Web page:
This post was updated Oct. 24 at 9:40 p.m.
Editor’s note: the following op-ed contains a graphic description of sexual assault, which could be disturbing to some readers.
“It’s been 3 weeks now and my body has become a ghost, desensitized from life without any signs of a soul. How could they rape me, and then leave me to die lying face down asleep in my own vomit?” This was taken from my diary, a month after I was raped by two men I trusted and knew during my sophomore year at UCLA.
In an effort to gain a sense of empowerment, I went through the Title IX Office to go through a university-led trial and to receive academic support during the eighth week of the quarter. However, I felt immensely distressed because the office said it was my responsibility to talk to my professors to determine if I had to take finals in two weeks. Not wanting my abusers to falsely believe they had power over me, I did not want to take time off or drop out of school; nonetheless, my rape had a severe impact on my grades.
The UCLA Title IX Office follows and functions under the policy detailed by the Education Amendments of 1972 stating that, “No person in the United States shall, on the basis of sex, be excluded from participation in, … or be subjected to discrimination under any educational program.” This policy allows the office to provide resources in response to sexual violence, sexual harassment, statutory rape and more. It also enables the office to operate at a feasible and measurable level, in which its services should be easily accessed and attained by all students attending UCLA.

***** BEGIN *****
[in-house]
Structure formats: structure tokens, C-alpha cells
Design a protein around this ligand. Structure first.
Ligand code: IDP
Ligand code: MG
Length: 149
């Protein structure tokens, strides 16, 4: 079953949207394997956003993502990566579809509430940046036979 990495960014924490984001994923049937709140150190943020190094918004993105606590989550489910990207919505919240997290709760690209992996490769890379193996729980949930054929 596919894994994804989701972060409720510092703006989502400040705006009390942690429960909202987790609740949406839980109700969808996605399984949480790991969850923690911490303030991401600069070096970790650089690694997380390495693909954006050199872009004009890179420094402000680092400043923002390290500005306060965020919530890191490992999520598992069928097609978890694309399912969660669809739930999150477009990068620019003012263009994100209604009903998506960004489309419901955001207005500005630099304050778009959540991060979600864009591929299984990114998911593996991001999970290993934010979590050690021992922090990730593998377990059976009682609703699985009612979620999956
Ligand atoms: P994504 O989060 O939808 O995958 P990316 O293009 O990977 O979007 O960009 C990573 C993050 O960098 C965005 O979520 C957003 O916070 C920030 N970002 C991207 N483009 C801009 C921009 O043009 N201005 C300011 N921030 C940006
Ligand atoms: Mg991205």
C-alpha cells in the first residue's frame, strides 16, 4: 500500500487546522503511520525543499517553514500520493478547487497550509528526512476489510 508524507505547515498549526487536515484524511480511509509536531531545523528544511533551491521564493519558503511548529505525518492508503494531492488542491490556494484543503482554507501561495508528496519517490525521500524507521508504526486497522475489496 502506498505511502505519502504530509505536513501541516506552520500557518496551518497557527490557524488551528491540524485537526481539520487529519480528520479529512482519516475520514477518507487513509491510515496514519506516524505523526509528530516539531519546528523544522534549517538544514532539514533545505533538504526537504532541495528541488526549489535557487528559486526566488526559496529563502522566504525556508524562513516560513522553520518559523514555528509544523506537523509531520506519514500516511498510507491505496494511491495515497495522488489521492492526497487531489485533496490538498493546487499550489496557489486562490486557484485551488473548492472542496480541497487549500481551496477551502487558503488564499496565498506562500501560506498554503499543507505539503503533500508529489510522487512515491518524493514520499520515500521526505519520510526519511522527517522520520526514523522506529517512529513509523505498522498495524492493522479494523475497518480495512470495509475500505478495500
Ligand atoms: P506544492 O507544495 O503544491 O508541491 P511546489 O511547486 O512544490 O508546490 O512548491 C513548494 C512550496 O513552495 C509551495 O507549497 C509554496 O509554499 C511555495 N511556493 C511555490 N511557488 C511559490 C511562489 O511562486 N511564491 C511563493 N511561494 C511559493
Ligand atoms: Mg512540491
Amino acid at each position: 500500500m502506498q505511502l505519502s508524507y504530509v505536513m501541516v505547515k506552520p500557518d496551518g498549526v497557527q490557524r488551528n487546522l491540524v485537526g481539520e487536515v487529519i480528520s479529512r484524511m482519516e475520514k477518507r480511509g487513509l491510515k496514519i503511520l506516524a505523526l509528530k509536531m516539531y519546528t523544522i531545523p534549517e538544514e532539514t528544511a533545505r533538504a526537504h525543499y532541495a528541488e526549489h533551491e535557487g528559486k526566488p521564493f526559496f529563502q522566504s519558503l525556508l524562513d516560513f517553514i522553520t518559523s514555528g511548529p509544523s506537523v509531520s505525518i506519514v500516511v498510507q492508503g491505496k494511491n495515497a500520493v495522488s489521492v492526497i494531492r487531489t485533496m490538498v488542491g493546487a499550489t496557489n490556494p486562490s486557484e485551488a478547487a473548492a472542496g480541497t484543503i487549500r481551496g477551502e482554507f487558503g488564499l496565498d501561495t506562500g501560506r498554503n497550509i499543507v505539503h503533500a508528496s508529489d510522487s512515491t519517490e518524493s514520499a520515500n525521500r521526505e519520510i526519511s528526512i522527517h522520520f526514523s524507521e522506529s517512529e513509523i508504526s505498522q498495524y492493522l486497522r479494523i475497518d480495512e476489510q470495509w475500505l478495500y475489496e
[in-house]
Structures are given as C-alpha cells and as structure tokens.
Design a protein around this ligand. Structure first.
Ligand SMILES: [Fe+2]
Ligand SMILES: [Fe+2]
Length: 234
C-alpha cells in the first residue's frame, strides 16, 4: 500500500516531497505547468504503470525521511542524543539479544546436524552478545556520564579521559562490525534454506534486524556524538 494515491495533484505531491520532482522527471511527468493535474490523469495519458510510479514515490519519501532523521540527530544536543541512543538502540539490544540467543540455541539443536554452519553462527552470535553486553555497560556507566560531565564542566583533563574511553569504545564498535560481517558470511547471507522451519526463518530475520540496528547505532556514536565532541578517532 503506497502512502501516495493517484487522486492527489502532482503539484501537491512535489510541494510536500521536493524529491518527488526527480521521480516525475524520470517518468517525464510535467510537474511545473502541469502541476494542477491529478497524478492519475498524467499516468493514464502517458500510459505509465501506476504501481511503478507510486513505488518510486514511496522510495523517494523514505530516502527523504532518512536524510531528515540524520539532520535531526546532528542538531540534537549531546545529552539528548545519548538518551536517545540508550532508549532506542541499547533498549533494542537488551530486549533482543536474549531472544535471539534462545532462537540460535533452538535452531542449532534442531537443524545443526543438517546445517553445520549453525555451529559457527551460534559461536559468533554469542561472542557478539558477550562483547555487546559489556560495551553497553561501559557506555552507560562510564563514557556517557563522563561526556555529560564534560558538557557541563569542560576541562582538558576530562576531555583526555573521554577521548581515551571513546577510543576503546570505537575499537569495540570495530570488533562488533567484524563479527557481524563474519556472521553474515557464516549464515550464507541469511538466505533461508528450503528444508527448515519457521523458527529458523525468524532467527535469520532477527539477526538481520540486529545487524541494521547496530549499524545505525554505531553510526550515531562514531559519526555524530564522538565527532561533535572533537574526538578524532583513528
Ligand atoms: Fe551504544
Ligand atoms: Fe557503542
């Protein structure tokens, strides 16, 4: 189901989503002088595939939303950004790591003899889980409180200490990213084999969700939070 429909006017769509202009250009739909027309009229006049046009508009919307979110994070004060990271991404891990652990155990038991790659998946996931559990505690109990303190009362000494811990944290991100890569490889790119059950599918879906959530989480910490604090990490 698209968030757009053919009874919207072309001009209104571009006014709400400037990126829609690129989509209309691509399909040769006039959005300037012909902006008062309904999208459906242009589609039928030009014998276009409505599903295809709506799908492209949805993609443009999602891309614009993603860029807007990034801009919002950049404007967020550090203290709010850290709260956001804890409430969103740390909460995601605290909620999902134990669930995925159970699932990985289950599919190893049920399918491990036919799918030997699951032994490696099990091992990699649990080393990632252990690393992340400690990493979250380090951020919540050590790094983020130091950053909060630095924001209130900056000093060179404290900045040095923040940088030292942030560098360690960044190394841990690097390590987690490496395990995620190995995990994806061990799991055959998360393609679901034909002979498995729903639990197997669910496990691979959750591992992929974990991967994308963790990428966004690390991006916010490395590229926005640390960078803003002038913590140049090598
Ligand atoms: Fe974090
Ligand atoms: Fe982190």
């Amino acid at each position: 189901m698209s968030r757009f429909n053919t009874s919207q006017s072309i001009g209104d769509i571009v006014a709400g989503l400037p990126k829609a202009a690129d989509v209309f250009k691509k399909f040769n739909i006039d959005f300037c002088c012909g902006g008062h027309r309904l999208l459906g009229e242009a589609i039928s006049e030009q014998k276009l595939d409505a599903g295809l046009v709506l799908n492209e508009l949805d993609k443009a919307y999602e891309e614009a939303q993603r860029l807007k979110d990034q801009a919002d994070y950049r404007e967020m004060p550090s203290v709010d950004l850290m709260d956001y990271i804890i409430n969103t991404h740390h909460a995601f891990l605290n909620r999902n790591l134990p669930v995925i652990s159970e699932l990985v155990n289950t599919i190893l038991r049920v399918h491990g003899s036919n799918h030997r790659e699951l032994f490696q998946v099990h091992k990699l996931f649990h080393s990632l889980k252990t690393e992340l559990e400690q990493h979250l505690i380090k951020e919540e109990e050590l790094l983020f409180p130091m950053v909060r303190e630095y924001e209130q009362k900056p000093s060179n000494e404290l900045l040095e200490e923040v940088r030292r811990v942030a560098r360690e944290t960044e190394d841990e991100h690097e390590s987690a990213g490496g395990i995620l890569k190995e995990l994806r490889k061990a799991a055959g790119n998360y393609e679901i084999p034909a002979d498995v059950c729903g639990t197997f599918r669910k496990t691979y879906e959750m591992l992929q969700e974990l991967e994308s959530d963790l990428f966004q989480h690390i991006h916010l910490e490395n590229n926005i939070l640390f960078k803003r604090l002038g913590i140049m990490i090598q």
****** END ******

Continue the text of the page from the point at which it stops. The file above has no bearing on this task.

Every year, UCLA’s Office of Equity, Diversity & Inclusion shares a Public Accountability Report. Between July 2019 and June 2020, the Title IX Office drew data from only 1,336 reports. Of those reports, 32% represented cases of sexual violence. Yet, only 3% of reports resulted in a formal investigation. What my colleague and I want to highlight is that of the 45,742 undergraduate, graduate and professional students enrolled at UCLA in the 2019-2020 academic year, only 1,336 students reported their discrimination or assault to the Title IX Office. The Rape, Abuse & Incest National Network reports that 13% of undergraduate and graduate students are survivors of sexual violence. If this statistic is representative of UCLA, 1,336 is a severe undercount. This has led us to take a deeper look into the policies that the Title IX Office adheres to and question what barriers are in place that prevent students from reporting and accessing the care they need.
As women who have both attended undergraduate universities, we have witnessed and felt the gaps in care that occur when interacting with the Title IX Office. Not only are the policies put into place by the University of California directly impacting students’ personal lives, but they also are intrinsically connected with students’ academic success – or demise. Professors in a collegiate teaching setting hold a tremendous amount of power over their students’ trajectories. A 2014 study conducted by former Missouri Sen. Claire McCaskill’s office found that more than 30% of institutions do not provide sexual assault training to their students while more than 20% of institutions do not provide any sexual assault training to their faculty and staff. For students to feel supported by both the Title IX Office and their professors, the UC must provide adequate sexual assault response training to faculty and staff prior to the beginning of each academic year. This amendment to the Title IX policy would ensure professors are taught proper steps to take after disclosure rather than leaving the future of students’ academic careers to the instructor’s discretion.